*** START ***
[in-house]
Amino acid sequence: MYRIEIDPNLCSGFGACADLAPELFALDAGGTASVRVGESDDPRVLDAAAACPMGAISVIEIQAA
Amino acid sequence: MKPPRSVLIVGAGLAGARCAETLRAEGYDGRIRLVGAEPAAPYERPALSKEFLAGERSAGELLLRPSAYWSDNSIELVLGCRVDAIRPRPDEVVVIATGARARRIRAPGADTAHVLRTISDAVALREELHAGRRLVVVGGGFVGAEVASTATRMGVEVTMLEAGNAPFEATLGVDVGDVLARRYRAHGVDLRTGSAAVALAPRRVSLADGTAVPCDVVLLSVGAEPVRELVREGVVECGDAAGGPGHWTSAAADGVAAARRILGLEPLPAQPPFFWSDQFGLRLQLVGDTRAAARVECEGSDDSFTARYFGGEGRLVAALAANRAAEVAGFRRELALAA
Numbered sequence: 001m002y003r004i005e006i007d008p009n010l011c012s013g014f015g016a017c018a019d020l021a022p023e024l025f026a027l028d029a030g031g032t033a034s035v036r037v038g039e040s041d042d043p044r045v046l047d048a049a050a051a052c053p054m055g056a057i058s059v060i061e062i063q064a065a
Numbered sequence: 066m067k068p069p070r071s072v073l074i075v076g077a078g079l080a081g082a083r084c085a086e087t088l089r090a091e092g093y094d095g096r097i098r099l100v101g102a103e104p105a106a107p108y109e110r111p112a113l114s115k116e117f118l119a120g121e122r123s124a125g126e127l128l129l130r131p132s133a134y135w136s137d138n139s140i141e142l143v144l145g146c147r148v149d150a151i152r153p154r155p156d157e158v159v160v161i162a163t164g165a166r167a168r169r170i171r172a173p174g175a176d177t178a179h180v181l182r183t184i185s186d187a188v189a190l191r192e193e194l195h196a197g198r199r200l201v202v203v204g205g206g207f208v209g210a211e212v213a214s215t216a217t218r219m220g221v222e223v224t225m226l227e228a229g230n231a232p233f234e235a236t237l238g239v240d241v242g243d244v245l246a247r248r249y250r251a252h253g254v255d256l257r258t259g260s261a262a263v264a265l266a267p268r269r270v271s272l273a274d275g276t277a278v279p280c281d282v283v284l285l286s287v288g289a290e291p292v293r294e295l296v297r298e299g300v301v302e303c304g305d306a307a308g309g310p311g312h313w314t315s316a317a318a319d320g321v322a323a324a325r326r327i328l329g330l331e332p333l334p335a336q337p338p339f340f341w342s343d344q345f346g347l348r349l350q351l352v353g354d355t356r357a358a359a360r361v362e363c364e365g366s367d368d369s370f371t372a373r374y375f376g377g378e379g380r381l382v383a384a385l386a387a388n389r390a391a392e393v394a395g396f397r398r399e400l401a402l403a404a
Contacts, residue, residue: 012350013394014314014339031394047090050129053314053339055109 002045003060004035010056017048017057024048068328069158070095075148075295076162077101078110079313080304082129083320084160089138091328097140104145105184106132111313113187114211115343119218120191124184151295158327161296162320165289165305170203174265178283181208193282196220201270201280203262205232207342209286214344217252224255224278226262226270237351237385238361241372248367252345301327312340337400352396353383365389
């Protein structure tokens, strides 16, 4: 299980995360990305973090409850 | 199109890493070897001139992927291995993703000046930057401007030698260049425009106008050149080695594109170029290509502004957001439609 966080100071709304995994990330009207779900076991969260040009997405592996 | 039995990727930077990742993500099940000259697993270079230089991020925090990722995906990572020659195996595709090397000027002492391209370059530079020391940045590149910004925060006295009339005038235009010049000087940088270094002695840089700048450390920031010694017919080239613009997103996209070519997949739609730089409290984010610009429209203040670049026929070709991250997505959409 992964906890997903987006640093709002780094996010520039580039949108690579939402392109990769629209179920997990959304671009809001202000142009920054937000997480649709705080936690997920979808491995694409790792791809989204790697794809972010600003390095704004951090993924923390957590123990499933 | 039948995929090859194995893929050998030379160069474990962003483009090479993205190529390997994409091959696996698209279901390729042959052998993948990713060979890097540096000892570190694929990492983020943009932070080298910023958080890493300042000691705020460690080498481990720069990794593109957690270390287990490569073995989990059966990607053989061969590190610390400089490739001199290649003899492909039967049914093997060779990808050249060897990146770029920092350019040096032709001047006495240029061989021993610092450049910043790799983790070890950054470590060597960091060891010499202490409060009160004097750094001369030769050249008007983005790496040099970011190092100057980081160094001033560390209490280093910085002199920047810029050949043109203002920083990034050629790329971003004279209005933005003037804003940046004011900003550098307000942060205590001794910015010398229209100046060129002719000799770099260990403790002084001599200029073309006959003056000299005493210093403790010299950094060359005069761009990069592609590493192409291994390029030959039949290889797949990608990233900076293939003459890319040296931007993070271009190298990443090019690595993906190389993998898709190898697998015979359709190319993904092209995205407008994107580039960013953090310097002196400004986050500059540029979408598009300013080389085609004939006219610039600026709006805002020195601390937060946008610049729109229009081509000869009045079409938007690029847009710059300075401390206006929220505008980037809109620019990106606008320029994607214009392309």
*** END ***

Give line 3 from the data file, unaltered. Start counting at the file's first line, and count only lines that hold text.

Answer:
Amino acid sequence: MKPPRSVLIVGAGLAGARCAETLRAEGYDGRIRLVGAEPAAPYERPALSKEFLAGERSAGELLLRPSAYWSDNSIELVLGCRVDAIRPRPDEVVVIATGARARRIRAPGADTAHVLRTISDAVALREELHAGRRLVVVGGGFVGAEVASTATRMGVEVTMLEAGNAPFEATLGVDVGDVLARRYRAHGVDLRTGSAAVALAPRRVSLADGTAVPCDVVLLSVGAEPVRELVREGVVECGDAAGGPGHWTSAAADGVAAARRILGLEPLPAQPPFFWSDQFGLRLQLVGDTRAAARVECEGSDDSFTARYFGGEGRLVAALAANRAAEVAGFRRELALAA